LLNL-developed Petawatt Laser Installed at ELI Beamlines
The L3-HAPLS advanced petawatt laser system was installed last week at the ELI Beamlines Research Center in Dolní Břežany, Czech Republic. L3-HAPLS – the world's most advanced and highest average power, diode-pumped petawatt laser system—was designed, developed and constructed in only three years by Lawrence Livermore National Laboratory's (LLNL) NIF and Photon Science (NIF&PS) Directorate and delivered to ELI Beamlines in June 2017.
Since the end of September, an integrated team of scientific and technical staff from LLNL and ELI Beamlines has worked intensively on the installation of the laser hardware. All laser support systems, such as vacuum and cooling, were connected to the building, signaling readiness to turn the laser back on in its new home.
L3-HAPLS consists of a main petawatt beamline, energized by diode-pumped "pump" lasers. The system was constructed, assembled and ramped to an intermediary performance milestone that demonstrated its capability and marked the milestone for shipping and integrating with the facility. Staff from ELI was extensively trained on the laser's assembly and operation while at Livermore to ensure success in transferring the HAPLS technology to the ELI user facility.
In early 2018, the L3-HAPLS system's high energy pump laser will be gradually brought up to previous performance, followed by ramping the petawatt beamline first in energy and then in average power.
"Over the course of more than four decades, LLNL has built an international reputation for developing some of the world's more powerful and complex lasers," LLNL Director Bill Goldstein said. "The successful delivery and installation of L3-HAPLS represents a new generation of high-energy, high-peak-power laser power systems. This collaboration, and others like it, provide LLNL with the opportunity to carry on its tradition of redefining the boundaries of science and technology."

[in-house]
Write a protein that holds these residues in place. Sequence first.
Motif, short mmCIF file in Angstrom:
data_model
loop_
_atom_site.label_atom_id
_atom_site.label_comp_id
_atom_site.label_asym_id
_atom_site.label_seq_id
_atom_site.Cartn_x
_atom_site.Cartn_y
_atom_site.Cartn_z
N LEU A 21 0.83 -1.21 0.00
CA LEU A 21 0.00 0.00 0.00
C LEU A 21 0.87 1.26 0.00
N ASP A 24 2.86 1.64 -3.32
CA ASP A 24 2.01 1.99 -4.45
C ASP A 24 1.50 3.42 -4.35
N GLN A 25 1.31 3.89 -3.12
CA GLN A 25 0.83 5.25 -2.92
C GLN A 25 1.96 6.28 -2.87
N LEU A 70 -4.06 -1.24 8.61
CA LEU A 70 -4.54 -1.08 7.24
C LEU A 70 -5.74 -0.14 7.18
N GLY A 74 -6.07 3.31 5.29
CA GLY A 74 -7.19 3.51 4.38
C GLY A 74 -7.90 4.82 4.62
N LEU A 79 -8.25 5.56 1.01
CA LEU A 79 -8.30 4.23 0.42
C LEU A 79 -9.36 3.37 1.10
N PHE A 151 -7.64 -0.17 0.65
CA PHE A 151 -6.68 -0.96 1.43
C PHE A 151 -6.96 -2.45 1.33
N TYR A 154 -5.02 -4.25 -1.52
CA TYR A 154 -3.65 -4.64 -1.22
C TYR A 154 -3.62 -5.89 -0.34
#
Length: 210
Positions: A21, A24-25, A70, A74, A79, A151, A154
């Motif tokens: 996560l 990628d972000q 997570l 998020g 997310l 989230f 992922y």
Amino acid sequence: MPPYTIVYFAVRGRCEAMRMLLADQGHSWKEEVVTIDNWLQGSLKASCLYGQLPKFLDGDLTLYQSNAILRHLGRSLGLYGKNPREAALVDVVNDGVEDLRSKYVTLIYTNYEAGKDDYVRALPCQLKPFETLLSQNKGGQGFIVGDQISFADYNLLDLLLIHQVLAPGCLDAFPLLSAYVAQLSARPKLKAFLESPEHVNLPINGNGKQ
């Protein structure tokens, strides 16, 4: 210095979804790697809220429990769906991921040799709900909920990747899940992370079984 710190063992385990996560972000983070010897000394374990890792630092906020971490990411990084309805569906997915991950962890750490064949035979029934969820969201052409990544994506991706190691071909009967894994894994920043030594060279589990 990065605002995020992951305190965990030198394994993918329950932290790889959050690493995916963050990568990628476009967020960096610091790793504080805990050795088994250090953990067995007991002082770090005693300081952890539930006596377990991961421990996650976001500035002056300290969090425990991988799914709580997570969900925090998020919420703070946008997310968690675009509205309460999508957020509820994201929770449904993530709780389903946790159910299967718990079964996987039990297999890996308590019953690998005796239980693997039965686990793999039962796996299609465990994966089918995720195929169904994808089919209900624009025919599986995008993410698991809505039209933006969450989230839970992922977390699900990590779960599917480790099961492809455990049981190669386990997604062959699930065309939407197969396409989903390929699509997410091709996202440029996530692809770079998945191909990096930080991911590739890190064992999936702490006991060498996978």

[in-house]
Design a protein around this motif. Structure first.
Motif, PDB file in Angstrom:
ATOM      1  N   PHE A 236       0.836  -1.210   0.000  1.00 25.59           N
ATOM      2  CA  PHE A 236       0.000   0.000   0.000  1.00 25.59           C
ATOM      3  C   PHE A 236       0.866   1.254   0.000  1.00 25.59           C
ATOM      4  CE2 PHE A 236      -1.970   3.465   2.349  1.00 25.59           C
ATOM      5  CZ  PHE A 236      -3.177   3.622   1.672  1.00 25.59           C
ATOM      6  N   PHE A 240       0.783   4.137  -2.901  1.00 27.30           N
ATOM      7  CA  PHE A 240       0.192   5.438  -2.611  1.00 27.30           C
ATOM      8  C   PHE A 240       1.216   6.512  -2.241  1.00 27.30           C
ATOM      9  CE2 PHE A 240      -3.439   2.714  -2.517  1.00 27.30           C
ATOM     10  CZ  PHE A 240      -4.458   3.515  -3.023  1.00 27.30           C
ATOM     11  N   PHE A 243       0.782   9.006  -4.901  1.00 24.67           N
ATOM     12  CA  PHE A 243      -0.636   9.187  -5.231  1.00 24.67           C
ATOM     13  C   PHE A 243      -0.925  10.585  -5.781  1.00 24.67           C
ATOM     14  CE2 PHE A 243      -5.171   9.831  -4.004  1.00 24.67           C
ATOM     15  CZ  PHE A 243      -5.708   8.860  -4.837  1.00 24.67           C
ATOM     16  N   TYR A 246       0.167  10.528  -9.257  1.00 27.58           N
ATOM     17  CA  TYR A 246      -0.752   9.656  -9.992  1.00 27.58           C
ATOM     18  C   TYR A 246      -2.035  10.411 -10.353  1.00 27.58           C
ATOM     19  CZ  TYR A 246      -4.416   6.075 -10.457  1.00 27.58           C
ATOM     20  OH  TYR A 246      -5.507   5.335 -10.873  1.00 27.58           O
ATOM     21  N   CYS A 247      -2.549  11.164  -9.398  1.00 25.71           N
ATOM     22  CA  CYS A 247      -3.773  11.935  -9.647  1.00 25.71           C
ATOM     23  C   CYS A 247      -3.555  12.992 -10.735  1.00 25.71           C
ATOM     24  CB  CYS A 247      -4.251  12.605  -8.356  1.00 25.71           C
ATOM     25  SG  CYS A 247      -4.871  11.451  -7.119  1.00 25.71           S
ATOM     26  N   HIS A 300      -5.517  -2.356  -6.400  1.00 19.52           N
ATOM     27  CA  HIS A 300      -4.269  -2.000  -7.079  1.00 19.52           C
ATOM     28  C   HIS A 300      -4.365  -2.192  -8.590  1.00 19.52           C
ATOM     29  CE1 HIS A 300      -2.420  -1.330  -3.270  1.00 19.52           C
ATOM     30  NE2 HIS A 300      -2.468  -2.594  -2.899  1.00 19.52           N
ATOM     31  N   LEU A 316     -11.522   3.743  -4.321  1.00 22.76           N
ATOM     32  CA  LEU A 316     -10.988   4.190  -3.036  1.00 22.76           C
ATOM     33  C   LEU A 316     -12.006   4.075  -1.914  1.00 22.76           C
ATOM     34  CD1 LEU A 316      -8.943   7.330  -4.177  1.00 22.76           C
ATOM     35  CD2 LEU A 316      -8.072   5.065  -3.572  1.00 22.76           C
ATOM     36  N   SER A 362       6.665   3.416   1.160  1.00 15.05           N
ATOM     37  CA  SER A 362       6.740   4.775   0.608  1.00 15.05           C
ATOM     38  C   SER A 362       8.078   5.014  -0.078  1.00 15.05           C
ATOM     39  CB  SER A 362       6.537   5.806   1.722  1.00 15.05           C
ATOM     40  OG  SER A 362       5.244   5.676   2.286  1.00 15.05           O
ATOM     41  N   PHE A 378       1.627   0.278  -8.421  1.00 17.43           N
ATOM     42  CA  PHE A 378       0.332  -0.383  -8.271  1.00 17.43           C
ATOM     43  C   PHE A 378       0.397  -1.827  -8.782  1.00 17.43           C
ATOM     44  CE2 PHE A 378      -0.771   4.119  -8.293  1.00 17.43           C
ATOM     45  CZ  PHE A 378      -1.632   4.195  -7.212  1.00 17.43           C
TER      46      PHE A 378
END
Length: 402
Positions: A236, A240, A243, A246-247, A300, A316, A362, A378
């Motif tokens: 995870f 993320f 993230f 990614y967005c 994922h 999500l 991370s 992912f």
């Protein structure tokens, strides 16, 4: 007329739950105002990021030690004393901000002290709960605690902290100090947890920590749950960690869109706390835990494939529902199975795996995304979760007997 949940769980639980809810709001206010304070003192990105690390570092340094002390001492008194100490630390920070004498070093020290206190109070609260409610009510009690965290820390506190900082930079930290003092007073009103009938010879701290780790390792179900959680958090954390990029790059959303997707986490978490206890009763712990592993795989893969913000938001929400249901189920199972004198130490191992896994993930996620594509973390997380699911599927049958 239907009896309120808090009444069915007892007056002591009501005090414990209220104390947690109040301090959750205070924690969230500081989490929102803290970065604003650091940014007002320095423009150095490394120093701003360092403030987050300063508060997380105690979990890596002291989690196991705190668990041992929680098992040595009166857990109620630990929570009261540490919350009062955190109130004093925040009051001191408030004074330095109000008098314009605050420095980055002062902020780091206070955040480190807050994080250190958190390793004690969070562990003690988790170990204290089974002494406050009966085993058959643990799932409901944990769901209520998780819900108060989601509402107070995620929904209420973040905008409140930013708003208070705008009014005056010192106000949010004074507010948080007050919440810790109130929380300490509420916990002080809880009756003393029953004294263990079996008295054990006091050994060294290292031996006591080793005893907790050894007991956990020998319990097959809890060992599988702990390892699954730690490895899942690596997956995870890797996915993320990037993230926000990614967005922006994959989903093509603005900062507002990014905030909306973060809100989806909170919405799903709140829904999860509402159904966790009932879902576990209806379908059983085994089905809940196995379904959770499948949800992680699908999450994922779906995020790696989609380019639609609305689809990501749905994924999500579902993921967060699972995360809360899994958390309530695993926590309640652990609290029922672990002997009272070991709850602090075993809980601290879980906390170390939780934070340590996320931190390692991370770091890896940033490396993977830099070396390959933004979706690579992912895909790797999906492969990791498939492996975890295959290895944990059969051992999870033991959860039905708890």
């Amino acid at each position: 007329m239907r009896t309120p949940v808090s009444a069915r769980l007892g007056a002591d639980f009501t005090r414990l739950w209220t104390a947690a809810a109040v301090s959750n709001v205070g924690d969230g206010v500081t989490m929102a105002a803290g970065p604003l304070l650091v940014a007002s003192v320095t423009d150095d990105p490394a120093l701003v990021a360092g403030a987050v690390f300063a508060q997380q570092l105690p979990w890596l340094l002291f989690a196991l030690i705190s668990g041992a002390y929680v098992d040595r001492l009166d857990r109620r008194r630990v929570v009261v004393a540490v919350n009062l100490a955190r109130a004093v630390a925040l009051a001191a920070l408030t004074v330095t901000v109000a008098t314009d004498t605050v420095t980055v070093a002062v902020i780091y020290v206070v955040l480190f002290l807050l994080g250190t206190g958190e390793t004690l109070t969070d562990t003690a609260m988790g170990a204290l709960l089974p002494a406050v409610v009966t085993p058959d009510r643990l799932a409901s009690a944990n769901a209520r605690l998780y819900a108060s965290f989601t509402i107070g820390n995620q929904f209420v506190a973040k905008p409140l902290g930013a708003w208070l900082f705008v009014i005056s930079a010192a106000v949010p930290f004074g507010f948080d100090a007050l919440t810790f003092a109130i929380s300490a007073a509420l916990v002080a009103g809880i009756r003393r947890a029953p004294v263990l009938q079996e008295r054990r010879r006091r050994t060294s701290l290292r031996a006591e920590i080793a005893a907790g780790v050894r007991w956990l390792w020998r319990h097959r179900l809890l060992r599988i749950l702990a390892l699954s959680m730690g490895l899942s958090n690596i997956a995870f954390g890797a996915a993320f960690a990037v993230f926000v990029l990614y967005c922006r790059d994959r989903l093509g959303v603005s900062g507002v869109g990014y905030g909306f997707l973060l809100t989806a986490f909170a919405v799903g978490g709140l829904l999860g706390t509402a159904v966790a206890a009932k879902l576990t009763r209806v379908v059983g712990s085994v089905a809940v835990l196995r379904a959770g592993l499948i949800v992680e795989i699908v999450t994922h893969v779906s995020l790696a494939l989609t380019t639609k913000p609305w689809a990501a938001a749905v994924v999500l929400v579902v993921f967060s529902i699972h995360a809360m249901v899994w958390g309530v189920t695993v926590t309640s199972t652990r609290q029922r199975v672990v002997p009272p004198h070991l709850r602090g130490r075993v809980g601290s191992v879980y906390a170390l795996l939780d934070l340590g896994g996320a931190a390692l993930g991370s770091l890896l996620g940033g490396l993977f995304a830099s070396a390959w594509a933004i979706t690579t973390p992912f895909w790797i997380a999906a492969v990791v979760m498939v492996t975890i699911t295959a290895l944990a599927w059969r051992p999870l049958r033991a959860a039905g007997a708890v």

LLNL's decades of cutting-edge laser research and development led to the key advancements that distinguish L3-HAPLS from other petawatt lasers: the ability to reach petawatt power levels while maintaining an unprecedented pulse rate; development of the world's highest peak power diode arrays, driven by a Livermore-developed pulsed power system; a pump laser generating up to 200 joules at a 10 Hz repetition rate; a gas-cooled short-pulse titanium-doped sapphire amplifier; a sophisticated control system with a high level of automation including auto-alignment capability, fast laser startup, performance tracking and machine safety; a dual chirped-pulse-amplification high-contrast short-pulse front end; and a gigashot laser pump source for pumping the short-pulse preamplifiers.
Despite its complexity, L3-HAPLS was designed for a user facility. The focus is on the application or experiment, and the laser must run reliably, robustly and with minimal user intervention at record performance. This ability already has been demonstrated during the test runs at LLNL.
"L3-HAPLS is a quantum jump in technology. Not only did it allow LLNL to test and advance new laser concepts important for our mission as a national lab, it also is the first high peak power laser that can deliver petawatt pulses at average power – more than 1 megajoule/hour – entering the industrial application space," said Constantin Haefner, LLNL's program director for Advanced Photon Technologies (APT) in NIF&PS. "Innovations driven by L3-HAPLS, such as the semiconductor laser diode pumps or mid-scale Green DPSSL technology, already have reached the market – an important reminder that investment in laser technology spurs advancement in areas well beyond science."
When commissioning at ELI Beamlines is complete next year, L3-HAPLS will have a wide range of uses, supporting both basic and applied research. By focusing petawatt peak power pulses at high intensity on a target, L3-HAPLS will generate secondary sources such as electromagnetic radiation or accelerate charged particles, enabling unparalleled access to a variety of research areas, including time-resolved proton and X-ray radiography, laboratory astrophysics and other basic science and medical applications for cancer treatments, in addition to industrial applications such as nondestructive evaluation of materials and laser fusion.